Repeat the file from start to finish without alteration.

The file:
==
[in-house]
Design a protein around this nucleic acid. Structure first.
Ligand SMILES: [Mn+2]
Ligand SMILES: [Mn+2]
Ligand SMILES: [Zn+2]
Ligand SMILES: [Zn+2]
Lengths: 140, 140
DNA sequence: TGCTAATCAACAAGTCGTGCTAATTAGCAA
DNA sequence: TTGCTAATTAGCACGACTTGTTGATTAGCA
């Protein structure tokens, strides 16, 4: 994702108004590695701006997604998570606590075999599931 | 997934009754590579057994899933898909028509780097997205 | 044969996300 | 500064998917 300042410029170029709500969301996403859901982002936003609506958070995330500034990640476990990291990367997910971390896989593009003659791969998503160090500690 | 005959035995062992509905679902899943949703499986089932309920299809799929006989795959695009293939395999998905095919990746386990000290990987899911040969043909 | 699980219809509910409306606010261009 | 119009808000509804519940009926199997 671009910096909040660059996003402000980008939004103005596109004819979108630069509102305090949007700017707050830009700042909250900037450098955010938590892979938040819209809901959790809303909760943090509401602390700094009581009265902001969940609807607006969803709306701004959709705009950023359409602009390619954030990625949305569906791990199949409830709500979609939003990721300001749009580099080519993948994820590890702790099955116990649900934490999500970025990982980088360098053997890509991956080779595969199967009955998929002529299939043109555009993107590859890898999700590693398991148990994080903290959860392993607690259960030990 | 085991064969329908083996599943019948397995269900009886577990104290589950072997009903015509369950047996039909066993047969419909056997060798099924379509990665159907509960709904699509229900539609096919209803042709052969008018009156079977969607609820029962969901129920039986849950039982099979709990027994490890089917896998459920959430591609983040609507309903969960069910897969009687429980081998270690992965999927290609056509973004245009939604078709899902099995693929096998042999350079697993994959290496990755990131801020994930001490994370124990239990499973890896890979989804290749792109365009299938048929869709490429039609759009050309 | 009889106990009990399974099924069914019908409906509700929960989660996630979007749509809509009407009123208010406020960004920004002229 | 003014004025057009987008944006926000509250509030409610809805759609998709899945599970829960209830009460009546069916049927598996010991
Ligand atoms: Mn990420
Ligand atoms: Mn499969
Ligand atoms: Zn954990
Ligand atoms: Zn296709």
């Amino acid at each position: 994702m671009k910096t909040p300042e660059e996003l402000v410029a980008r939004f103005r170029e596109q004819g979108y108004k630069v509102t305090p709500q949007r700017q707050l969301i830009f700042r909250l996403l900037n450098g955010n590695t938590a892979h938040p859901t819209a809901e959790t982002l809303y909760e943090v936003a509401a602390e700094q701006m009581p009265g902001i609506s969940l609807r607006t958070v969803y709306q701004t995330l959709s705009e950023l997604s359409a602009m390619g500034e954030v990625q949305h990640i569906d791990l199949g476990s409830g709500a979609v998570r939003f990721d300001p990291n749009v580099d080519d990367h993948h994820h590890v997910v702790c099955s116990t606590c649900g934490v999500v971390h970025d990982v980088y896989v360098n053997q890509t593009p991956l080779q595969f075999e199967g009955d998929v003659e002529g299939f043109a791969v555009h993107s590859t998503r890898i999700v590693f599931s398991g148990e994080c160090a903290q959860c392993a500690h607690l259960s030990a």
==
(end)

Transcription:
[in-house]
Design a protein around this nucleic acid. Structure first.
Ligand SMILES: [Mn+2]
Ligand SMILES: [Mn+2]
Ligand SMILES: [Zn+2]
Ligand SMILES: [Zn+2]
Lengths: 140, 140
DNA sequence: TGCTAATCAACAAGTCGTGCTAATTAGCAA
DNA sequence: TTGCTAATTAGCACGACTTGTTGATTAGCA
């Protein structure tokens, strides 16, 4: 994702108004590695701006997604998570606590075999599931 | 997934009754590579057994899933898909028509780097997205 | 044969996300 | 500064998917 300042410029170029709500969301996403859901982002936003609506958070995330500034990640476990990291990367997910971390896989593009003659791969998503160090500690 | 005959035995062992509905679902899943949703499986089932309920299809799929006989795959695009293939395999998905095919990746386990000290990987899911040969043909 | 699980219809509910409306606010261009 | 119009808000509804519940009926199997 671009910096909040660059996003402000980008939004103005596109004819979108630069509102305090949007700017707050830009700042909250900037450098955010938590892979938040819209809901959790809303909760943090509401602390700094009581009265902001969940609807607006969803709306701004959709705009950023359409602009390619954030990625949305569906791990199949409830709500979609939003990721300001749009580099080519993948994820590890702790099955116990649900934490999500970025990982980088360098053997890509991956080779595969199967009955998929002529299939043109555009993107590859890898999700590693398991148990994080903290959860392993607690259960030990 | 085991064969329908083996599943019948397995269900009886577990104290589950072997009903015509369950047996039909066993047969419909056997060798099924379509990665159907509960709904699509229900539609096919209803042709052969008018009156079977969607609820029962969901129920039986849950039982099979709990027994490890089917896998459920959430591609983040609507309903969960069910897969009687429980081998270690992965999927290609056509973004245009939604078709899902099995693929096998042999350079697993994959290496990755990131801020994930001490994370124990239990499973890896890979989804290749792109365009299938048929869709490429039609759009050309 | 009889106990009990399974099924069914019908409906509700929960989660996630979007749509809509009407009123208010406020960004920004002229 | 003014004025057009987008944006926000509250509030409610809805759609998709899945599970829960209830009460009546069916049927598996010991
Ligand atoms: Mn990420
Ligand atoms: Mn499969
Ligand atoms: Zn954990
Ligand atoms: Zn296709």
């Amino acid at each position: 994702m671009k910096t909040p300042e660059e996003l402000v410029a980008r939004f103005r170029e596109q004819g979108y108004k630069v509102t305090p709500q949007r700017q707050l969301i830009f700042r909250l996403l900037n450098g955010n590695t938590a892979h938040p859901t819209a809901e959790t982002l809303y909760e943090v936003a509401a602390e700094q701006m009581p009265g902001i609506s969940l609807r607006t958070v969803y709306q701004t995330l959709s705009e950023l997604s359409a602009m390619g500034e954030v990625q949305h990640i569906d791990l199949g476990s409830g709500a979609v998570r939003f990721d300001p990291n749009v580099d080519d990367h993948h994820h590890v997910v702790c099955s116990t606590c649900g934490v999500v971390h970025d990982v980088y896989v360098n053997q890509t593009p991956l080779q595969f075999e199967g009955d998929v003659e002529g299939f043109a791969v555009h993107s590859t998503r890898i999700v590693f599931s398991g148990e994080c160090a903290q959860c392993a500690h607690l259960s030990a």